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It is best to check one item at a time. Trying to check too many things at once will result in errors. Make corrections directly on photo copies in red ball point pen. Type an additional list of corrections on a separate sheet. If there are no corrections, or only a few, call them into the editor at (616) 791-0066. 


Check the spelling of the title, composer, arranger, and lyricist. The composer's name is often capitalized and the arranger's name should be upper/lower case. If there is a lyricist, the name should appear on the left side. See that the copyright is centered at the bottom of each title page.

Check the bell chart marking sure all notes are correct. If you have written a hand chimes part, you must include a hand chimes chart under the bell chart. Count the notes in the bell and hand chimes charts and compare the count with the bells needed and chimes needed markings. For music that is written for optional octaves, make sure there is a footnote explaining the parentheses and brackets etc. Be sure that the number of octaves appears under the title. Use (2-3 Octaves), (3 Octaves), (3-5 Octaves), etc.

Check all clef signs, key signatures, time signatures, double bars, and repeats.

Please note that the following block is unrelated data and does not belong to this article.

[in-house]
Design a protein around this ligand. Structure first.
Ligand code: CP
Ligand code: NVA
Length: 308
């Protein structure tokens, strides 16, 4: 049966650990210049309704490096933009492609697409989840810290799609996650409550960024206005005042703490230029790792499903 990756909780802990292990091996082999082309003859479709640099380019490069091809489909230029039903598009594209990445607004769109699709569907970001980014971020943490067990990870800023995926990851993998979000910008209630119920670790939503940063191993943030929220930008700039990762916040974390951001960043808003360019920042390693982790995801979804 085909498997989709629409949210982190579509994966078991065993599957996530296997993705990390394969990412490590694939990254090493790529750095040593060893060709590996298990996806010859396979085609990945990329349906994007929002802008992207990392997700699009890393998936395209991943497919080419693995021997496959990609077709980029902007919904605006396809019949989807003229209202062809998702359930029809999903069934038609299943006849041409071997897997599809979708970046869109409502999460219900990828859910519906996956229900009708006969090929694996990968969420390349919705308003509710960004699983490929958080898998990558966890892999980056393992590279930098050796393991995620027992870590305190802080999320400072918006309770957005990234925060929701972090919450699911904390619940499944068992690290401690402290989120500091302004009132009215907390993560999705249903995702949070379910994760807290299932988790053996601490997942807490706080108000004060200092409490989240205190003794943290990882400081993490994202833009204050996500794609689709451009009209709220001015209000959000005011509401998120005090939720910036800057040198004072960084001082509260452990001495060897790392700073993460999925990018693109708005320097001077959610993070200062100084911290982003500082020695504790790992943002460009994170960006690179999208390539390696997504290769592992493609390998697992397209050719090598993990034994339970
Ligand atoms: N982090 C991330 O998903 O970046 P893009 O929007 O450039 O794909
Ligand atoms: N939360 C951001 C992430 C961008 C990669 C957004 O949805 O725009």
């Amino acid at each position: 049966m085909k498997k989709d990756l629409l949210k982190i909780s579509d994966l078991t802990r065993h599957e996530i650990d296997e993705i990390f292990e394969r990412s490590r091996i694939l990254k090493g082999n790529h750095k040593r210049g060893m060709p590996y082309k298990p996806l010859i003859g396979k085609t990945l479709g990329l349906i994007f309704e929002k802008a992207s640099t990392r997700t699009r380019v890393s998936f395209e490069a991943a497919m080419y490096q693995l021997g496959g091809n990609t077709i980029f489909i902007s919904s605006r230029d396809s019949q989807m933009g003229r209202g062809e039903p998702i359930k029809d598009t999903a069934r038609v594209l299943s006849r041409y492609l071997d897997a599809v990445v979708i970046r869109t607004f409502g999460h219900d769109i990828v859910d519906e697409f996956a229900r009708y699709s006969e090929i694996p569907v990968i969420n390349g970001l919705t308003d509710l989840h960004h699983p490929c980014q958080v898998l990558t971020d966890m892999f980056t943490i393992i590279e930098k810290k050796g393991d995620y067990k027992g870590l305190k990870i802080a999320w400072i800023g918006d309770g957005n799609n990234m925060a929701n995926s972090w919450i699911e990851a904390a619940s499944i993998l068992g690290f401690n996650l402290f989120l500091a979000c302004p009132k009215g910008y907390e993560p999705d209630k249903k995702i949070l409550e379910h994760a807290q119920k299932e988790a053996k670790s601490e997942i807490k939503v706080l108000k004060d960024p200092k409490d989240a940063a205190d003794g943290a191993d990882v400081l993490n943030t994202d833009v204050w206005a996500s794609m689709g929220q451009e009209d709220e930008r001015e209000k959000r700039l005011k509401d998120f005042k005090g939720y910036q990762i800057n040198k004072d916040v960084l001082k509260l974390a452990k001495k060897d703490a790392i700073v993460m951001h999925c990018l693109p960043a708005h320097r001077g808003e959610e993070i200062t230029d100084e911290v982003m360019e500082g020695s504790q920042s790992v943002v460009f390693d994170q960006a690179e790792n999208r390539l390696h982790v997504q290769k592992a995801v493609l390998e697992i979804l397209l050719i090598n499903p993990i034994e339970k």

Check tempo marking over the time signature, and check all tempo changes. Make sure that retards (rit.) are between the staves and a tempo is above. Check dynamics, crescendos, diminuendos, and all markings including parentheses, brackets, and special bell markings with their footnotes if any are used.

Check the measure numbers. Check rhythm making sure that each beat is clearly shown with the use of lead lines or rests. Check ties.

If you have written a lyric, check for spelling, capital letters, punctuation, syllabification, and melisma lines.

Carefully check your notes. Check accidentals making sure that reminders appear in the next measure only. Reminder accidentals are often in parentheses.

If there are multiple parts, a score and parts, etc., check each part individually and then check the parts against the score for accuracy and consistency.

Play the music.

Extra Time proof reading always pays.

Return your work promptly to Lake State Publications. 



If your music is computer generated you should be alerted to the fact that it is very easy to lose information when changes are made. Moving staffs and changing spacing is especially dangerous. We ask that you try to avoid these kinds of changes if possible because they require that the entire page of music be rechecked for errors. The best way to check computer generated music is by using the conventional proofreading as shown above. top